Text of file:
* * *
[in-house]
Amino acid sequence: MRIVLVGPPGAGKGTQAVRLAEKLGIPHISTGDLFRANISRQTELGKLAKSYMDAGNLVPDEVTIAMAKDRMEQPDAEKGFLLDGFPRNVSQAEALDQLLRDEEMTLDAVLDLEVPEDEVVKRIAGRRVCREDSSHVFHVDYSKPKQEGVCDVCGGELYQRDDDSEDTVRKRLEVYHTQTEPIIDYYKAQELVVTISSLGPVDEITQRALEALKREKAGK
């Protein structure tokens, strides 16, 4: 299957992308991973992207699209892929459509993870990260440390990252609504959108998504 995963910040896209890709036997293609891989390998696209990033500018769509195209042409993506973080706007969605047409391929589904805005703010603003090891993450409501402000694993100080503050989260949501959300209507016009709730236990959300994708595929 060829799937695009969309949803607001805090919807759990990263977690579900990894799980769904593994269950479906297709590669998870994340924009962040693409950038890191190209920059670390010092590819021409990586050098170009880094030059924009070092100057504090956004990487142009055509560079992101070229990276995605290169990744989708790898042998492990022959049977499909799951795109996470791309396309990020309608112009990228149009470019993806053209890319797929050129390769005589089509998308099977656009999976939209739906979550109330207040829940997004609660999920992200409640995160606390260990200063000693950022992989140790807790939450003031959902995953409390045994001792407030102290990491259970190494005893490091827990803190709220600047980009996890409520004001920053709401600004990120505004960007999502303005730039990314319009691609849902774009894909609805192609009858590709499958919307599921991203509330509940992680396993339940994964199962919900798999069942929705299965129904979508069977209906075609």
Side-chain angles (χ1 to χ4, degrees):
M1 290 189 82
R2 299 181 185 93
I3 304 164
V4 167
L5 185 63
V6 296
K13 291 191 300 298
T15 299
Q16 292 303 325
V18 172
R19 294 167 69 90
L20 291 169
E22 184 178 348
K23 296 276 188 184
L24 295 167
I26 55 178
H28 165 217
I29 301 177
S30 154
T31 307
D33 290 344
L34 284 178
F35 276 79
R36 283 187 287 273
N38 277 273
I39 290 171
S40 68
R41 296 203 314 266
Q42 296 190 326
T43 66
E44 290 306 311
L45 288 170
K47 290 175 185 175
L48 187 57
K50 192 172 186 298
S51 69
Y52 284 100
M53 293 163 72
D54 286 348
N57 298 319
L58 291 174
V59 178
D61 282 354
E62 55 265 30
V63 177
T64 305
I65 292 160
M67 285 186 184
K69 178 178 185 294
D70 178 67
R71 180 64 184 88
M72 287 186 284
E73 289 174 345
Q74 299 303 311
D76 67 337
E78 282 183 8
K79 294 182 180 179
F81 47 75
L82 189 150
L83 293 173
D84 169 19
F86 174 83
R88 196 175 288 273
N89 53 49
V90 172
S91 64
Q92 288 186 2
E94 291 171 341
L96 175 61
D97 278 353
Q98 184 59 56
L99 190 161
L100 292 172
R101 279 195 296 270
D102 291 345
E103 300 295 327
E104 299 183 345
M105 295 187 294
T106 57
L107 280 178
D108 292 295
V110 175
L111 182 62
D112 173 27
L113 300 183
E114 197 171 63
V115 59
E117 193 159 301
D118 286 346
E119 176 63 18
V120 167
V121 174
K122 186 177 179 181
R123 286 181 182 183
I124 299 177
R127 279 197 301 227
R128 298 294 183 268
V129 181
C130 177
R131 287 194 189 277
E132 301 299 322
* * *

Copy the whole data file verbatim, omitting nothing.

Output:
[in-house]
Amino acid sequence: MRIVLVGPPGAGKGTQAVRLAEKLGIPHISTGDLFRANISRQTELGKLAKSYMDAGNLVPDEVTIAMAKDRMEQPDAEKGFLLDGFPRNVSQAEALDQLLRDEEMTLDAVLDLEVPEDEVVKRIAGRRVCREDSSHVFHVDYSKPKQEGVCDVCGGELYQRDDDSEDTVRKRLEVYHTQTEPIIDYYKAQELVVTISSLGPVDEITQRALEALKREKAGK
């Protein structure tokens, strides 16, 4: 299957992308991973992207699209892929459509993870990260440390990252609504959108998504 995963910040896209890709036997293609891989390998696209990033500018769509195209042409993506973080706007969605047409391929589904805005703010603003090891993450409501402000694993100080503050989260949501959300209507016009709730236990959300994708595929 060829799937695009969309949803607001805090919807759990990263977690579900990894799980769904593994269950479906297709590669998870994340924009962040693409950038890191190209920059670390010092590819021409990586050098170009880094030059924009070092100057504090956004990487142009055509560079992101070229990276995605290169990744989708790898042998492990022959049977499909799951795109996470791309396309990020309608112009990228149009470019993806053209890319797929050129390769005589089509998308099977656009999976939209739906979550109330207040829940997004609660999920992200409640995160606390260990200063000693950022992989140790807790939450003031959902995953409390045994001792407030102290990491259970190494005893490091827990803190709220600047980009996890409520004001920053709401600004990120505004960007999502303005730039990314319009691609849902774009894909609805192609009858590709499958919307599921991203509330509940992680396993339940994964199962919900798999069942929705299965129904979508069977209906075609």
Side-chain angles (χ1 to χ4, degrees):
M1 290 189 82
R2 299 181 185 93
I3 304 164
V4 167
L5 185 63
V6 296
K13 291 191 300 298
T15 299
Q16 292 303 325
V18 172
R19 294 167 69 90
L20 291 169
E22 184 178 348
K23 296 276 188 184
L24 295 167
I26 55 178
H28 165 217
I29 301 177
S30 154
T31 307
D33 290 344
L34 284 178
F35 276 79
R36 283 187 287 273
N38 277 273
I39 290 171
S40 68
R41 296 203 314 266
Q42 296 190 326
T43 66
E44 290 306 311
L45 288 170
K47 290 175 185 175
L48 187 57
K50 192 172 186 298
S51 69
Y52 284 100
M53 293 163 72
D54 286 348
N57 298 319
L58 291 174
V59 178
D61 282 354
E62 55 265 30
V63 177
T64 305
I65 292 160
M67 285 186 184
K69 178 178 185 294
D70 178 67
R71 180 64 184 88
M72 287 186 284
E73 289 174 345
Q74 299 303 311
D76 67 337
E78 282 183 8
K79 294 182 180 179
F81 47 75
L82 189 150
L83 293 173
D84 169 19
F86 174 83
R88 196 175 288 273
N89 53 49
V90 172
S91 64
Q92 288 186 2
E94 291 171 341
L96 175 61
D97 278 353
Q98 184 59 56
L99 190 161
L100 292 172
R101 279 195 296 270
D102 291 345
E103 300 295 327
E104 299 183 345
M105 295 187 294
T106 57
L107 280 178
D108 292 295
V110 175
L111 182 62
D112 173 27
L113 300 183
E114 197 171 63
V115 59
E117 193 159 301
D118 286 346
E119 176 63 18
V120 167
V121 174
K122 186 177 179 181
R123 286 181 182 183
I124 299 177
R127 279 197 301 227
R128 298 294 183 268
V129 181
C130 177
R131 287 194 189 277
E132 301 299 322